It’s important to understand that (being an early adopter) it’s not a personality type, so we get lost, especially in the tech scene, people assume that ‘people who are early adopters and get the new iPhones are the same people that go and try the new coffee shop’ and that’s not true. – Brant Cooper, Lean Entrepreneur Author and Entrepreneur
There is no bar where they hang out to talk about new technology adoption; it’s not that easy. Early adopters are problem and opportunity specific. They’re the people who are looking for an edge in their work.
Being an early adopter of Human Resources (HR) software doesn’t make you line up to buy the latest iPhone on the day of its release.
The early adopters you seek will be uniquely related to the Job or opportunity that you address. They’ll be the stakeholders trying to get the Job done faster, more conveniently, or with better results.
How to Find Early Adopters
The best way to find internal champions is through your network, no further than one link away (i.e., friends of friends). – Steve Blank, The Four Steps to the Epiphany Author
One of your biggest challenges early on will be to find early adopters to speak with.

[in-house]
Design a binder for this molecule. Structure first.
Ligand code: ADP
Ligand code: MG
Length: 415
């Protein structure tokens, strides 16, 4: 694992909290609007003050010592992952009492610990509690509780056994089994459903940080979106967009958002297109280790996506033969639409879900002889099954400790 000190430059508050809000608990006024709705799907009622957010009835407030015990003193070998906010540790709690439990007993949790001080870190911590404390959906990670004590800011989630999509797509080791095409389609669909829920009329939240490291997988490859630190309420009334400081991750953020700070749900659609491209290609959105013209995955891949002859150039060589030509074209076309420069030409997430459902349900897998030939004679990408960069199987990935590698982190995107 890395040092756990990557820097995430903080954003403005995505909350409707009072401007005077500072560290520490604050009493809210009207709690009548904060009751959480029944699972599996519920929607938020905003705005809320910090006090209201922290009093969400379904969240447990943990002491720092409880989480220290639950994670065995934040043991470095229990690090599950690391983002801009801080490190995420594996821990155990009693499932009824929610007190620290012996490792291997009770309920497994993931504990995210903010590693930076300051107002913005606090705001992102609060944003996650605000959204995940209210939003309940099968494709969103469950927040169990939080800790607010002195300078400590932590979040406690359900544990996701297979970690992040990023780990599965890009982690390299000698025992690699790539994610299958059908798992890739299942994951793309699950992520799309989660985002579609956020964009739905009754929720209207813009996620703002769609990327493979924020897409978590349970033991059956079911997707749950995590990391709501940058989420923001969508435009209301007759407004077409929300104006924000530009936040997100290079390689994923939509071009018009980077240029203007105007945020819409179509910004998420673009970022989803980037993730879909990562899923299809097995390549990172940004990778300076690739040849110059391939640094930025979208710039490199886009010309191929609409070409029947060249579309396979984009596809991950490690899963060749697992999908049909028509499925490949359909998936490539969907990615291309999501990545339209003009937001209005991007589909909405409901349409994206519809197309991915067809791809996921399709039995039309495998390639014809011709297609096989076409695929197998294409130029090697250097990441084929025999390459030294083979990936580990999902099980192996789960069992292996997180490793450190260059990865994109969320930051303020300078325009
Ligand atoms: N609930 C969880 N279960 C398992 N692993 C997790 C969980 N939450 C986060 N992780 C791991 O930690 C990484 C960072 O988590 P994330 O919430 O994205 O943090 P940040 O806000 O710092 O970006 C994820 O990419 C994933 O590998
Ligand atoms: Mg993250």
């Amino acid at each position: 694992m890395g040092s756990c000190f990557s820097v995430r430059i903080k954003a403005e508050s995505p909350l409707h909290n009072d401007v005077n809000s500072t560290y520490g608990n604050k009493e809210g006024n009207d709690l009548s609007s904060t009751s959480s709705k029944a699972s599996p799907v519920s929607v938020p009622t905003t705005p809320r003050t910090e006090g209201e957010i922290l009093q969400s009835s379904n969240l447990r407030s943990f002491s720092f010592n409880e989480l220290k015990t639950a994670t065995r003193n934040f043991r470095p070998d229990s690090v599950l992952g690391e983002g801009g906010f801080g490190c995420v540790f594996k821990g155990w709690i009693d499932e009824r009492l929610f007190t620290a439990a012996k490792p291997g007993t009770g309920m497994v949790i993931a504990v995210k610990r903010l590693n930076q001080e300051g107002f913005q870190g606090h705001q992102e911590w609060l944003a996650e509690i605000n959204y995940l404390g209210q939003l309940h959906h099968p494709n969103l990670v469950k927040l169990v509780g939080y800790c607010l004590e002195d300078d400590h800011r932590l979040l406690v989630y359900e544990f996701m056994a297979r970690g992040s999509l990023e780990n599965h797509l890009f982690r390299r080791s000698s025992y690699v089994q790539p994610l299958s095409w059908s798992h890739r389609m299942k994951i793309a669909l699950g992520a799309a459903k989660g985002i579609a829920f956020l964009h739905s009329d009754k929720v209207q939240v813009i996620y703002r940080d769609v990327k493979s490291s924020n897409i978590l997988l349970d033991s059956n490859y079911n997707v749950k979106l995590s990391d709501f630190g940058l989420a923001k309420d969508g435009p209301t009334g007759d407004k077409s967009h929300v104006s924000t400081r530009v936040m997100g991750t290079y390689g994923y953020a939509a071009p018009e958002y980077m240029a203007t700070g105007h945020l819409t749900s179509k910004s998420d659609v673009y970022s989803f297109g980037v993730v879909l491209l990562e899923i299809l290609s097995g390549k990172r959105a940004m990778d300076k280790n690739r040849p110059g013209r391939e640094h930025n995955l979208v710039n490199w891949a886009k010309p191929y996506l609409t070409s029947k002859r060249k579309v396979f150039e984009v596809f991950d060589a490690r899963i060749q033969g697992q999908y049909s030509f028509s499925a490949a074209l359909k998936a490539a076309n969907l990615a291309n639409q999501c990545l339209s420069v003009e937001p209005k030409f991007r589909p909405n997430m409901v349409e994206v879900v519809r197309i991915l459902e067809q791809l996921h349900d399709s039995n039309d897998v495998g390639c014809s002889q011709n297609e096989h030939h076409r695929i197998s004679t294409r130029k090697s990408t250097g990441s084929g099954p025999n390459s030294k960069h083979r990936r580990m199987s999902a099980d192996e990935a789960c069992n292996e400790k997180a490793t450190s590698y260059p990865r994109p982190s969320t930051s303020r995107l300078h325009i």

The best way to find early adopters is to start with the people you know, through your personal network at one degree of separation.
Your professional network will be a crucial driver of your success. Do you have contacts in your network that fit the profile of early adopters in your industry?
Take the time to go through all of your contact lists (email, mobile, LinkedIn, Facebook, Twitter, etc.). Make a list of every project you’ve ever worked on and everyone you’ve worked with. Draft a list of potential early adopters working in your target market.
Do the same for your contacts’ professional networks using a tool like LinkedIn. Are there people your first-degree connections could introduce you to?
You start with the people you know and the people you can get recommended to as friends or close acquaintances.
If you have close contacts with extensive professional networks, you can ask them to refer people that match your ideal customer profile, but it’s generally best to keep the initiative.
How to Get Early Adopters From Your Professional Network
“Here’s what we’re doing; do you know anybody who fits this profile?”
Accountants, headhunters, investors, recruiters and lawyers are notorious for having large business networks. Perhaps some of your partners or other startup founders can help identify a few early adopters to add to your list.
“Who are the most innovative companies or people in this industry?”
After going through your contacts’ professional networks, you should start to have a good list of potential early adopters for your target market.
Start there. These will be the easiest to motivate to work with you.
To expand your list from there, you’ll be able to use our guide to find early adopters in the market.
More on How to Identify Early Adopters in B2B
- The Early Adopter Profile – Why the Original Definition Still Matters in B2B
- How to Find Early Adopters in B2B – The Complete Guide
- How to Find Early Advocates for Your B2B Startup